By Rich Walter | Center for Israel Education

One hundred twenty years ago, in August 1897, nearly 200 delegates from across Europe and as far away as the United States gathered for three days in Basel, Switzerland, to attend the First Zionist Congress.

The delegates, representing a variety of Jewish backgrounds and interests, had been convened by Theodor Herzl, a journalist, lawyer and author.

Theodor Herzl addresses the First Zionist Congress.

Theodor Herzl addresses the First Zionist Congress.

The congress would create the World Zionist Organization from disparate musings about Jews reconstituting as a nation in their ancient homeland. The meetings set in motion the political and practical building blocks that led to the creation of Israel as a Jewish state in May 1948.

Addressing the delegates, Herzl proclaimed: “We want to lay the foundations of the edifice which is one day to house the Jewish people. The task is so great that we may treat of it in none but the simplest terms.”

That year, 1897, marked the beginning of the organized movement toward Jewish self-determination, but it is far from the only important milestone we will observe during this year of the “7.”

One hundred years ago, in November 1917, the British issued the Balfour Declaration, articulating support for “the establishment in Palestine of a national home for the Jewish people.”

Marking the achievement of the international legitimacy that Herzl so desired, the contents of the 1917 Balfour Declaration were included in the 1922 League of Nations Articles of Mandate for Palestine.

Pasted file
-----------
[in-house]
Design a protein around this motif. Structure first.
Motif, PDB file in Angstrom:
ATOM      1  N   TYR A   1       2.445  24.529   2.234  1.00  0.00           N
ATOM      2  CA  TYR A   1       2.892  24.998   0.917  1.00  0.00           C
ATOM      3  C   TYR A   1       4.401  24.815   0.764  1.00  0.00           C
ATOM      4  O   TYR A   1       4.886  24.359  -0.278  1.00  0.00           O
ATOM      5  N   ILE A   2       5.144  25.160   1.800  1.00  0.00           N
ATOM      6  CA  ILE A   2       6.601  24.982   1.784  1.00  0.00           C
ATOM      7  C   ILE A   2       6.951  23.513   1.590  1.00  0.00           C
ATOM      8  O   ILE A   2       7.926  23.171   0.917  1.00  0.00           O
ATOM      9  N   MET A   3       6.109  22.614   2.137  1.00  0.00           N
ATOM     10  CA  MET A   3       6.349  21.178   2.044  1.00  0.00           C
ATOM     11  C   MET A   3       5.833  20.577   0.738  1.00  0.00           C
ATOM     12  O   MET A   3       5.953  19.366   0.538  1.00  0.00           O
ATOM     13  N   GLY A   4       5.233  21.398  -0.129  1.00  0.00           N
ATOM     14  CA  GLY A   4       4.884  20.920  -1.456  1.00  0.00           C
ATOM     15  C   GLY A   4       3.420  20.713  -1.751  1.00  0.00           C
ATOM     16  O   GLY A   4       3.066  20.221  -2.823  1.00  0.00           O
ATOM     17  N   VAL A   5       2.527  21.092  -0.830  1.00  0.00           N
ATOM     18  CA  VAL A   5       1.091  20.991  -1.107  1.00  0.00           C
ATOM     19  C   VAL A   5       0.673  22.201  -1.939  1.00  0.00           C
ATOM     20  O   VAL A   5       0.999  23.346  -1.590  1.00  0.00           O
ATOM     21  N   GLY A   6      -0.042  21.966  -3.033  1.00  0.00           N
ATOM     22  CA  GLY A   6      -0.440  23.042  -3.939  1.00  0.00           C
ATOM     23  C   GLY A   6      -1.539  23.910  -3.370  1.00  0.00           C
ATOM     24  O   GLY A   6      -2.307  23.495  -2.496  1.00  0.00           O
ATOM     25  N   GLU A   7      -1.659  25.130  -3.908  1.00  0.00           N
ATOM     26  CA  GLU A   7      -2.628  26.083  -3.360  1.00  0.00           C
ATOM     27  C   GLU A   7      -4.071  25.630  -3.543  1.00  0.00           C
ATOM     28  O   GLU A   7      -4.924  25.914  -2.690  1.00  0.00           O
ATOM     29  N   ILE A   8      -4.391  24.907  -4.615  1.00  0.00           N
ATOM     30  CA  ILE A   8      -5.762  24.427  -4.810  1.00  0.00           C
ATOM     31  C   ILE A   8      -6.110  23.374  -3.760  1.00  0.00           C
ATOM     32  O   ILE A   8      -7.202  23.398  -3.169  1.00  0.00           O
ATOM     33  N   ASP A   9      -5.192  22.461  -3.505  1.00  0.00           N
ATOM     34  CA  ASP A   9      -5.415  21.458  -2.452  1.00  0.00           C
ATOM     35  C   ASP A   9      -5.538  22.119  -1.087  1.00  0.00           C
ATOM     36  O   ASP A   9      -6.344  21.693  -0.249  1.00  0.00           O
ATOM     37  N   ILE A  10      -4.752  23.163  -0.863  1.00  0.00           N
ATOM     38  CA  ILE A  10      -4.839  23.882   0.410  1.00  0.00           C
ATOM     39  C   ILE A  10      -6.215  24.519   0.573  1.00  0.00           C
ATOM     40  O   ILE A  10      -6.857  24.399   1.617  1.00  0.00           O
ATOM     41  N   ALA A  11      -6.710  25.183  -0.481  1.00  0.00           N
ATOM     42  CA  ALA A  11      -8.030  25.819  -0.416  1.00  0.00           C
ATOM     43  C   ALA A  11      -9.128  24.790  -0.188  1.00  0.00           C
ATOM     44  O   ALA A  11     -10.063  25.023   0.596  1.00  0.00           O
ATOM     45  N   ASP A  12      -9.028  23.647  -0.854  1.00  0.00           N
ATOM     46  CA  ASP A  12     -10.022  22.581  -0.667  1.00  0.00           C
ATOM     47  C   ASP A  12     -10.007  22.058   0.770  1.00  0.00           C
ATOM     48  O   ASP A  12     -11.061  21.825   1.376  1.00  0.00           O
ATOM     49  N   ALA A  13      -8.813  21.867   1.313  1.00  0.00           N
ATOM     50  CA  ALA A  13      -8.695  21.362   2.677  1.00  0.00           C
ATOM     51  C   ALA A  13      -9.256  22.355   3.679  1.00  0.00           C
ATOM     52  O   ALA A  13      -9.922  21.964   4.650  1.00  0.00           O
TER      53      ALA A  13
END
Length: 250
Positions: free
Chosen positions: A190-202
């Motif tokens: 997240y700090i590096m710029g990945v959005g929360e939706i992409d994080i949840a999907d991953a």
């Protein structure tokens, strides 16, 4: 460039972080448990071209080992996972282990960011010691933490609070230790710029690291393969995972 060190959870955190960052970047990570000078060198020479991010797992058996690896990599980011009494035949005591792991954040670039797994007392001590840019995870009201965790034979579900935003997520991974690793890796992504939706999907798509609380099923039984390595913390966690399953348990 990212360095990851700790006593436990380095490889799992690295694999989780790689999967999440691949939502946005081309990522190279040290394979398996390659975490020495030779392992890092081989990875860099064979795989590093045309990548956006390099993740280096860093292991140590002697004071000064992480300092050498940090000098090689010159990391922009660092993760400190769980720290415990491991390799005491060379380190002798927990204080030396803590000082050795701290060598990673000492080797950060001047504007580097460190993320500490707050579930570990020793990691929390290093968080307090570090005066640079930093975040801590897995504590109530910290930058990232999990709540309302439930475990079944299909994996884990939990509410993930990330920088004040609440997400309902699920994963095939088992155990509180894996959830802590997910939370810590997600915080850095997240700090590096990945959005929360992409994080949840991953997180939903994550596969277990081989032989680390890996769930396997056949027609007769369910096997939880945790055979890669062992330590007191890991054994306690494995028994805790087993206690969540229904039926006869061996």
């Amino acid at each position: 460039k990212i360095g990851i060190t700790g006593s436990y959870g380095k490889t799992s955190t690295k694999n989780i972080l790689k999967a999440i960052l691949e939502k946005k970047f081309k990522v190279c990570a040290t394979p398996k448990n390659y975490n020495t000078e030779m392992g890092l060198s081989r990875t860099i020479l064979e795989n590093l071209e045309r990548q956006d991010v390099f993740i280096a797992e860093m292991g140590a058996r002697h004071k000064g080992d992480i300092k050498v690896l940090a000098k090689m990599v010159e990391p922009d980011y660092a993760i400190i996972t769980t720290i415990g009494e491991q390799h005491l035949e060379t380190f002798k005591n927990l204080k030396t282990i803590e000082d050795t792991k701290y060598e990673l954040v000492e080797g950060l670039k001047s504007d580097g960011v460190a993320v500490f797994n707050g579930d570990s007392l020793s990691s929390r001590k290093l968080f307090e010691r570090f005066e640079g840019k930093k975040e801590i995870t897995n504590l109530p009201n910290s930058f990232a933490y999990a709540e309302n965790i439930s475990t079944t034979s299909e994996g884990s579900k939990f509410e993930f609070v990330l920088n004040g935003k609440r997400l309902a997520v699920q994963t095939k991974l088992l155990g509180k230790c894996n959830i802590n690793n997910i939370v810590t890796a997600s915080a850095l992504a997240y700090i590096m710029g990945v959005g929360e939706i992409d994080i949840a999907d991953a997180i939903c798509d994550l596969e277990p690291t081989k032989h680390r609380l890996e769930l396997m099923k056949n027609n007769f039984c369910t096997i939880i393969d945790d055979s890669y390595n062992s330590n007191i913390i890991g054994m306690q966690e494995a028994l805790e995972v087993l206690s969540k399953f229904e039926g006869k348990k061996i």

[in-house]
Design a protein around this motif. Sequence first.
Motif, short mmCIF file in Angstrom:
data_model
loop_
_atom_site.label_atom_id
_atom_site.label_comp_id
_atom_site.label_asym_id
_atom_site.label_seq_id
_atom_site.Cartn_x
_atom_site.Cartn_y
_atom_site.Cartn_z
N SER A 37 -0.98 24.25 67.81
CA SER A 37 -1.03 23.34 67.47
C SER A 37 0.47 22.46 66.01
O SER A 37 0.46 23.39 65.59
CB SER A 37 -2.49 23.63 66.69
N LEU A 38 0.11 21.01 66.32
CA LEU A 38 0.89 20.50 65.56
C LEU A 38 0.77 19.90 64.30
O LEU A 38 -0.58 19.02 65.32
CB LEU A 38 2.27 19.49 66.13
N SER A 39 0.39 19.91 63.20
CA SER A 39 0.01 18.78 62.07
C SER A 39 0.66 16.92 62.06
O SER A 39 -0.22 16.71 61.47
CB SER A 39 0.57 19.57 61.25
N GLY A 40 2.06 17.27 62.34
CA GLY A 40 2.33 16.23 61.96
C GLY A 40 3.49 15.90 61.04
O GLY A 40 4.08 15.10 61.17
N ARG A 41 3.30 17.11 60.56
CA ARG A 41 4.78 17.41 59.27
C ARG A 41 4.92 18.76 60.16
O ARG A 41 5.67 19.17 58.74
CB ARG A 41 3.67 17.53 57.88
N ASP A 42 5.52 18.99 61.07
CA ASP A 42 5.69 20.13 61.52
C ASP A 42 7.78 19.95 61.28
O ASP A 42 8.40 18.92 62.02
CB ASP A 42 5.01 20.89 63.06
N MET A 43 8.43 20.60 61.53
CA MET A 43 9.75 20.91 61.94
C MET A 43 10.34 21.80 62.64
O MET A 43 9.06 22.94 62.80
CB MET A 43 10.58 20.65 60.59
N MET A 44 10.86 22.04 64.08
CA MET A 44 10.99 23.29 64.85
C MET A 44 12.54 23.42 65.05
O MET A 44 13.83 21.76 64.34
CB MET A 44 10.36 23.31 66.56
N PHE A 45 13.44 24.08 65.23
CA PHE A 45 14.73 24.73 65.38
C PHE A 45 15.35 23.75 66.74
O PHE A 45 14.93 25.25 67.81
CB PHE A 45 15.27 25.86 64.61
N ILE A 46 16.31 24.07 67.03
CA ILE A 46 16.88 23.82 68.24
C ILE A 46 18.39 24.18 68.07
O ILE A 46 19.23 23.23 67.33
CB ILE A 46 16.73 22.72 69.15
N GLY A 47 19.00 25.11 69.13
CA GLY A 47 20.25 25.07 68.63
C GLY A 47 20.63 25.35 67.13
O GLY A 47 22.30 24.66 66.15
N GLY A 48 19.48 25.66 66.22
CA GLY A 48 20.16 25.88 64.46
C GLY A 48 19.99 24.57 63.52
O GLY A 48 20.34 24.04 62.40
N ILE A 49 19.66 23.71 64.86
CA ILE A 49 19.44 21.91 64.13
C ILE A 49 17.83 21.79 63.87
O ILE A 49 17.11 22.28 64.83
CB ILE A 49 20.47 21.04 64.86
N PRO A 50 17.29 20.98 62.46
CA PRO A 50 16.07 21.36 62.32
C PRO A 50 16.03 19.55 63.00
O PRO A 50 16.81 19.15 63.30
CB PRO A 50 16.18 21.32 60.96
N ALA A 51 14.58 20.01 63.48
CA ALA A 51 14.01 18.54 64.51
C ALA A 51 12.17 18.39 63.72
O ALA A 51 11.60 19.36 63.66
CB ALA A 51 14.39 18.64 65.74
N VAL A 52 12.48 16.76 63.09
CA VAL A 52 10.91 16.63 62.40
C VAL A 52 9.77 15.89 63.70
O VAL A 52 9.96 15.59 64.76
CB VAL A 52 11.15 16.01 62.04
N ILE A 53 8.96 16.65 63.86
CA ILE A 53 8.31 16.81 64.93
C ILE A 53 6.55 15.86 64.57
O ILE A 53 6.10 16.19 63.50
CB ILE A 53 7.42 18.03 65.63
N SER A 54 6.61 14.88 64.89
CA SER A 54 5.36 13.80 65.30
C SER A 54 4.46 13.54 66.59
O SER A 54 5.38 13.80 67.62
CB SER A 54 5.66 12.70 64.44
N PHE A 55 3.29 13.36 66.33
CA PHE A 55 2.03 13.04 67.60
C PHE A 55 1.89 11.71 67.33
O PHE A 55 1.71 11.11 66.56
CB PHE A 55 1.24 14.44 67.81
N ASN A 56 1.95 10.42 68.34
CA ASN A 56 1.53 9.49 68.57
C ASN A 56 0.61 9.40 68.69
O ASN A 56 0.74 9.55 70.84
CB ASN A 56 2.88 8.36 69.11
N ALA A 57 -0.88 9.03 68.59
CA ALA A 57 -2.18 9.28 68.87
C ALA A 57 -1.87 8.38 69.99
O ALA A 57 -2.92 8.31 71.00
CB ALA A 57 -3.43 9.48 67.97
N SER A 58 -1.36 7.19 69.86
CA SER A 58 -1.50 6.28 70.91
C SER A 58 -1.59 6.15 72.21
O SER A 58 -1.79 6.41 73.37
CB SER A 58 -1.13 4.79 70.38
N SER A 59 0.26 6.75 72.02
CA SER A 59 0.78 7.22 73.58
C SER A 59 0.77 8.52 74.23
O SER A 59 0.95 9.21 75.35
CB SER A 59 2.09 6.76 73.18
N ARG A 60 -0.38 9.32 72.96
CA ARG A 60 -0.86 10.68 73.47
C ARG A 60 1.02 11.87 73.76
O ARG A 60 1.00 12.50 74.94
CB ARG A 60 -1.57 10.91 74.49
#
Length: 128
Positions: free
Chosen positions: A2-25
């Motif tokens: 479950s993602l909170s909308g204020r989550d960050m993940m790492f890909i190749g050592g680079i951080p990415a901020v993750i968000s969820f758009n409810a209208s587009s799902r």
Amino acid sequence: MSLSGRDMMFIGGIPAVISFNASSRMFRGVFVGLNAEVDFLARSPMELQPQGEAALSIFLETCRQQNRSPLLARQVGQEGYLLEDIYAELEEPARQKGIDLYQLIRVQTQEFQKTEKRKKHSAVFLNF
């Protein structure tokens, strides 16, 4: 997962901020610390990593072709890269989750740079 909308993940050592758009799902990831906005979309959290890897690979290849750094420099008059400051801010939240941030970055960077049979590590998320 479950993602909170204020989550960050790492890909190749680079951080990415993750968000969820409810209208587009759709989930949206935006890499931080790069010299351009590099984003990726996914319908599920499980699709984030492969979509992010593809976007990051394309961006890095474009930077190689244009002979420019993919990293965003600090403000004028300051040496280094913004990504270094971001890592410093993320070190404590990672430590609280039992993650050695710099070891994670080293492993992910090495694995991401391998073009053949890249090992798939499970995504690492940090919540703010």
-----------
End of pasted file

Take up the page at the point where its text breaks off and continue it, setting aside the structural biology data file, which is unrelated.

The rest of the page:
Seventy years ago, on November 29, 1947, the Zionist movement received a further bolstering of international legitimacy when the United Nations General Assembly passed Resolution 181, calling for the partition of Palestine into separate Jewish and Arab states. In just 50 years since the historic gathering in Basel, the movement had achieved success, and six months later the state of Israel was born.

Fifty years ago, in June 1967, Israel’s stunning victory in the Six-Day War led to a fivefold increase in its territory as well as control over more than 1 million Palestinians.

Israel’s victory in six days has affected the country in a variety of ways. The results of the war have shaped domestic and foreign policy and Israel’s relations with the Jewish Diaspora.

These are just three examples of why 2017 is an important year of reflection on many milestones in the history of Jewish self-determination.

Over the course of the year, our Center for Israel Education will highlight these and other important “7” milestones on our website, ww.israeled.org. Included will be educational materials for learners of all ages so that they may immerse in the valued context of a special history.

Rich Walter is the associate director for Israel education at the Center for Israel Education (www.israeled.org).